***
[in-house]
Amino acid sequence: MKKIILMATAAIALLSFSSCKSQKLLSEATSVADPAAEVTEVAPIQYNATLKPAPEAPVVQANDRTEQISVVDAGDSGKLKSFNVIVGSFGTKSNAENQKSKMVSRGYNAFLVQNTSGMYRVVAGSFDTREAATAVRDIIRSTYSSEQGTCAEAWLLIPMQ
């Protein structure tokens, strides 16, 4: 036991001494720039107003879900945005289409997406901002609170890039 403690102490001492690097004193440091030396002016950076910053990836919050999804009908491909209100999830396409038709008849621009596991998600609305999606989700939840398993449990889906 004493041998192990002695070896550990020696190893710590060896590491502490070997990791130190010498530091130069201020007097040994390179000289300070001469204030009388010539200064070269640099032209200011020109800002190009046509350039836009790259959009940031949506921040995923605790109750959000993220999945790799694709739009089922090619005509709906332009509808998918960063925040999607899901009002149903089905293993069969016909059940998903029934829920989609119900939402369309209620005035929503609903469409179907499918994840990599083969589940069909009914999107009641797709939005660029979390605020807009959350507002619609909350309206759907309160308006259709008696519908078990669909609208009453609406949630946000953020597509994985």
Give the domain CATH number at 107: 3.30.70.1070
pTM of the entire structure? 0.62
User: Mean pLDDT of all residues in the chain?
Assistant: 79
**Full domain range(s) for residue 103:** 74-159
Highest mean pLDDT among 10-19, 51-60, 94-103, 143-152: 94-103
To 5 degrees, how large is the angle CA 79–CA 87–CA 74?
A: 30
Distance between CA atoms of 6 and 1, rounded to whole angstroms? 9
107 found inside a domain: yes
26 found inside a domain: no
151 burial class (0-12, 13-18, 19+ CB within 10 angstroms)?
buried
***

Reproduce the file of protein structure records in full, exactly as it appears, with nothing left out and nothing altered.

[in-house]
Amino acid sequence: MKKIILMATAAIALLSFSSCKSQKLLSEATSVADPAAEVTEVAPIQYNATLKPAPEAPVVQANDRTEQISVVDAGDSGKLKSFNVIVGSFGTKSNAENQKSKMVSRGYNAFLVQNTSGMYRVVAGSFDTREAATAVRDIIRSTYSSEQGTCAEAWLLIPMQ
């Protein structure tokens, strides 16, 4: 036991001494720039107003879900945005289409997406901002609170890039 403690102490001492690097004193440091030396002016950076910053990836919050999804009908491909209100999830396409038709008849621009596991998600609305999606989700939840398993449990889906 004493041998192990002695070896550990020696190893710590060896590491502490070997990791130190010498530091130069201020007097040994390179000289300070001469204030009388010539200064070269640099032209200011020109800002190009046509350039836009790259959009940031949506921040995923605790109750959000993220999945790799694709739009089922090619005509709906332009509808998918960063925040999607899901009002149903089905293993069969016909059940998903029934829920989609119900939402369309209620005035929503609903469409179907499918994840990599083969589940069909009914999107009641797709939005660029979390605020807009959350507002619609909350309206759907309160308006259709008696519908078990669909609208009453609406949630946000953020597509994985």
Give the domain CATH number at 107: 3.30.70.1070
pTM of the entire structure? 0.62
User: Mean pLDDT of all residues in the chain?
Assistant: 79
**Full domain range(s) for residue 103:** 74-159
Highest mean pLDDT among 10-19, 51-60, 94-103, 143-152: 94-103
To 5 degrees, how large is the angle CA 79–CA 87–CA 74?
A: 30
Distance between CA atoms of 6 and 1, rounded to whole angstroms? 9
107 found inside a domain: yes
26 found inside a domain: no
151 burial class (0-12, 13-18, 19+ CB within 10 angstroms)?
buried